Anyone who begrudgingly comes to accept their true talent lies not in what they’d hoped will find a connection to this unique and idiosyncratic story about those blessed with artistic creativity and those who hitch along for the ride.
It’s a fair bet to say that a good number of critics have at least entertained the idea of doing the very thing they write about. In most cases these dreams remain unfulfilled, consigned to the ‘what if’ section of our brain.
In Jon Ronson’s case, he did it the other way around, having played a purposefully cheap sounding keyboard for three years in Frank Sidebottom’s Oh Blimey Big Band in the 1980s before going on to become a highly respected gonzo journalist and writer of such books as The Men Who Stare At Goats, which went on to receive mediocre treatment in a film of the same name starring George Clooney and Ewan McGregor.
Ronson’s time with Frank and his real life alter-ego Chris Sievey inspired this bittersweet tale of Jon (Domhnall Gleeson), an office drone and wannabe songwriter whose monotonous existence spent living with his parents in a dead-end seaside town changes overnight when he stumbles across the members of Soronprfbs, an avant-garde band led by the larger-than-life Frank (Michael Fassbender), who constantly wears a giant papier-mache head that features an unblinking look of mild surprise.
Jon, like us, is fascinated by the man beneath the fake head and jumps at the chance to join Soronprfbs on a full-time basis as they take to a cottage in the middle of nowhere to record their new album, a year-long process that involves extreme levels of self-indulgence as anything and everything is toyed around with to create the perfect sound.
All the while, Jon chronicles Soronprfbs’ journey through Twitter and YouTube and creates a social media-fuelled monster that leads to a possible big break, but also threatens to destroy the soul of the band and damage the fragile Frank.
It’s not until a good way through the film that you realise just how many levels Frank is working on. In another picture, Jon’s voyage of self discovery would end in a very different – and predictable – way, but rather than helping to inspire the band to achieve deserved success, the actions he takes only end up serving his own deluded ambitions.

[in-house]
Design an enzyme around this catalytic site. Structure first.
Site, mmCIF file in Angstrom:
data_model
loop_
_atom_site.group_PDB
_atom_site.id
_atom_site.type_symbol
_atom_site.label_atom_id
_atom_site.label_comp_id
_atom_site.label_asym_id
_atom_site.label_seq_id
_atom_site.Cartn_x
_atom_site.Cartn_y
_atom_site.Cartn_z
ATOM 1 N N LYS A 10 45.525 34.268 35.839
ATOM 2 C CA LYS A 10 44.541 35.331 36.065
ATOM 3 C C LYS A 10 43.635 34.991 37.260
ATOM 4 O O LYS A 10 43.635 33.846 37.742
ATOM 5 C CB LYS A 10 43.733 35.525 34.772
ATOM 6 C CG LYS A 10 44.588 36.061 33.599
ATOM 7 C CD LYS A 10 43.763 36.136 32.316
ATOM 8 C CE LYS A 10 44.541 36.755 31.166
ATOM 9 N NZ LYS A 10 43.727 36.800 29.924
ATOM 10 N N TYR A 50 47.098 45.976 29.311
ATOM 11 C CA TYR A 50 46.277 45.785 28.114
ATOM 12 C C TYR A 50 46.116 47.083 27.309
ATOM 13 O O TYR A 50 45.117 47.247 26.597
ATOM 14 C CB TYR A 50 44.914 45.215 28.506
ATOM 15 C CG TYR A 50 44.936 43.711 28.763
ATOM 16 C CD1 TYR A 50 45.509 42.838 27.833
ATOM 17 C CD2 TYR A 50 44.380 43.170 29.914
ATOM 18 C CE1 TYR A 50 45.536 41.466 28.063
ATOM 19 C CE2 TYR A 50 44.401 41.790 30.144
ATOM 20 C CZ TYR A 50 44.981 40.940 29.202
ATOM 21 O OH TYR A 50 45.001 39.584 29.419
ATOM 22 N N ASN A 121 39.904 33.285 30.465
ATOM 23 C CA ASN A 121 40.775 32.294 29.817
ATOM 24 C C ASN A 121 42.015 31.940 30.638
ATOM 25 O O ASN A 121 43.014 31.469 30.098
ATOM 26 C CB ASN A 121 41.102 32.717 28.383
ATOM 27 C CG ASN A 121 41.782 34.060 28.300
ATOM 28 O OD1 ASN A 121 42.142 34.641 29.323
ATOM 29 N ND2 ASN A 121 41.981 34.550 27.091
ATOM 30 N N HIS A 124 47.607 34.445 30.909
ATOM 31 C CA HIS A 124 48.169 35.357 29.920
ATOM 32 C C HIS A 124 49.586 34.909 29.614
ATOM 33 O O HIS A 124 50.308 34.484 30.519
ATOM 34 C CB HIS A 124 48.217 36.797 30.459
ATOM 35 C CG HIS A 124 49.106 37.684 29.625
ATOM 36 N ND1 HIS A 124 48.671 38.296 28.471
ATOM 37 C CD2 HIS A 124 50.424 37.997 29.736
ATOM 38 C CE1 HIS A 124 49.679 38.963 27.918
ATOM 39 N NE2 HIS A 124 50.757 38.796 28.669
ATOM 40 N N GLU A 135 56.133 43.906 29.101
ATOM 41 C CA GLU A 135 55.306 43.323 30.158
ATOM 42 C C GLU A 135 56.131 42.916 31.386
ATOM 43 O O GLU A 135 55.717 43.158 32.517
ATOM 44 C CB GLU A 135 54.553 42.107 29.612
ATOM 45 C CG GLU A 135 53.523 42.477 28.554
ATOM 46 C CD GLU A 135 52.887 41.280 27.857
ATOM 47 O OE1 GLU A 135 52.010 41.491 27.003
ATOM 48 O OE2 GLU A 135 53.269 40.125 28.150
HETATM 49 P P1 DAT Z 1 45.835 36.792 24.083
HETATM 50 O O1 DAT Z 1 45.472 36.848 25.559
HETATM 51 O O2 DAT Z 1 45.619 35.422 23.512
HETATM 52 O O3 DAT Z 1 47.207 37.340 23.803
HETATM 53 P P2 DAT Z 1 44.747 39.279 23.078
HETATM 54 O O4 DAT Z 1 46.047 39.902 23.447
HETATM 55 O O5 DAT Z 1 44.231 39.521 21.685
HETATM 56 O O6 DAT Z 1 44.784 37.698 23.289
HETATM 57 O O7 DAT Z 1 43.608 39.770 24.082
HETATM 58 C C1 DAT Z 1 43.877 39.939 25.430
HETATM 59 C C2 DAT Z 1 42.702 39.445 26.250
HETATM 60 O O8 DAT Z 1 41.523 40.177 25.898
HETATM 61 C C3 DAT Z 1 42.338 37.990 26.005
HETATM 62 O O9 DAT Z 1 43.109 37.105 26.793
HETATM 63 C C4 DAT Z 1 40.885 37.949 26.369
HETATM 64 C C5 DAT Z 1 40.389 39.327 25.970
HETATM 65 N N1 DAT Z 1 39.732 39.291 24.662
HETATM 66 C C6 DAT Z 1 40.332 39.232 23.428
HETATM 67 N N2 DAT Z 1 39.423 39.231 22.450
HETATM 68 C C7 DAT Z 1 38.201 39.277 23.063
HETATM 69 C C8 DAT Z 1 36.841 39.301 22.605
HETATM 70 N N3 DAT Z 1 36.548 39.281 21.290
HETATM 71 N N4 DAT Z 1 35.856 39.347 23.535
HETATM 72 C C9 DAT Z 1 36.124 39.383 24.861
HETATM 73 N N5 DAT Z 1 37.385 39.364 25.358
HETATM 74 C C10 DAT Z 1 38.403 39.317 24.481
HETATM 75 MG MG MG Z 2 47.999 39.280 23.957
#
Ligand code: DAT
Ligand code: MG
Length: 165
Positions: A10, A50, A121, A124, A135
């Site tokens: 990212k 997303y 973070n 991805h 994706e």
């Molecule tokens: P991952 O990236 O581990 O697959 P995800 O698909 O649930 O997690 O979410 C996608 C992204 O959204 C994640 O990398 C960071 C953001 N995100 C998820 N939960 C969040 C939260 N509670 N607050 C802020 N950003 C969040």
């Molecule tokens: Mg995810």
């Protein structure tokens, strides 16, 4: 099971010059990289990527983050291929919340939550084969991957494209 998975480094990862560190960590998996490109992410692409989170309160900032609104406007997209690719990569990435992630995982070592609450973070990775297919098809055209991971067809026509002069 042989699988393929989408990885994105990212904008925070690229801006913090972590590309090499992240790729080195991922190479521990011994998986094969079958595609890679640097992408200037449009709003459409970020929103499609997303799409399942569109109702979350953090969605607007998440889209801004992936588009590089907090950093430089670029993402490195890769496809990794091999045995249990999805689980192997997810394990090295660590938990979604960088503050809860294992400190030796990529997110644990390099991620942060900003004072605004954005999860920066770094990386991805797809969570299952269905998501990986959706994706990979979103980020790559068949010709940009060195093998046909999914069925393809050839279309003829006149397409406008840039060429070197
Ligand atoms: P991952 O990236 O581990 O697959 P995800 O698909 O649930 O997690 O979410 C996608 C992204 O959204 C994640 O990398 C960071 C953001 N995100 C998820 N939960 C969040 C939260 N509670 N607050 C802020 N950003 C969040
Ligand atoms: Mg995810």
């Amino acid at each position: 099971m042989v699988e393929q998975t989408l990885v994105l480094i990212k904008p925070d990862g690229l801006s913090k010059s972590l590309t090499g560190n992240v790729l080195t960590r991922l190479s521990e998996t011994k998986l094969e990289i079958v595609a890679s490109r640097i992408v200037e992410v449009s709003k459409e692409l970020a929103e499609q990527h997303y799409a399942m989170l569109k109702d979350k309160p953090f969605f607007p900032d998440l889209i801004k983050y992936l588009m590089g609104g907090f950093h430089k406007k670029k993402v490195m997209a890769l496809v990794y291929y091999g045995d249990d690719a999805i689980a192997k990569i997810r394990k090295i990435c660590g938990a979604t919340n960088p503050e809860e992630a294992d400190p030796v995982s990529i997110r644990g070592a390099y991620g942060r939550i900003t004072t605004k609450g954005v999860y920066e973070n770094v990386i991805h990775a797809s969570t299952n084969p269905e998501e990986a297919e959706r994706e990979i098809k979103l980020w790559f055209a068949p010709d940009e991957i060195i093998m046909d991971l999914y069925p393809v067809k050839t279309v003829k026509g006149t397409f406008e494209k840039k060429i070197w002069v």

In a painfully well observed opening, Jon tries in vain to fashion a song out of his mundane experiences, only to take to social media to justify his banal existence through pointless tweets. His striving for validation is sought not only from his growing number of Twitter and blog followers whom he panders to with a running commentary of ‘aren’t I crazy’ posts, but also from his fellow band mates, who mostly look at him with indifference, in particular Maggie Gyllenhaal’s erratic theremin player Clara (who comes across like a Wes Anderson version of Karen O from the Yeah, Yeah, Yeahs).
Like Amadeus‘ Salieri, Jon knows his talent cannot match that of Frank, so instead becomes a leech in the hope his genius can somehow rub off on him. What Jon doesn’t factor in is Frank’s evident mental illness, which manifests itself through the character’s increasingly unstable behaviour.
It’s an admirable turn from Gleeson in a role that’s unlikable only in so much as it’s so painfully believable. Jon almost always means well, but loses his way and drags the band down with him when the prospect of fame and fortune rear their heads.
Considering we cannot see the character’s facial expressions, Frank is a captivating presence, thanks in no small part to Fassbender’s physical performance that lends the character a tragicomic edge which grows more troubling as the film nears its climax. Frank is a blank slate is many ways, a character defined by the ying of Jon’s desire to be loved and break big and the yang of Gylenhaal’s Clara, who has an indefatigable refusal to compromise for fear of selling out. Torn between both sides, the cracks in his personality threaten to break apart.
Frank’s static expression takes on a different inclination depending on the angle of Fassbender’s body and the way he turns his giant fake head, while the film’s final reel is given an extra wallop by the actor’s coiled delivery of the film’s signature tune I Love You All.
Working from a script by Ronson and fellow scribe Peter Straughn (who also penned the screenplay for The Men Who Stare At Goats), director Lenny Abrahamson skirts passed twee farce and instead hits us with a film that’s as moving as it is funny and painful.
With a free will and an outsider’s spirit all of its own, Frank is a wonderful one-of-a-kind.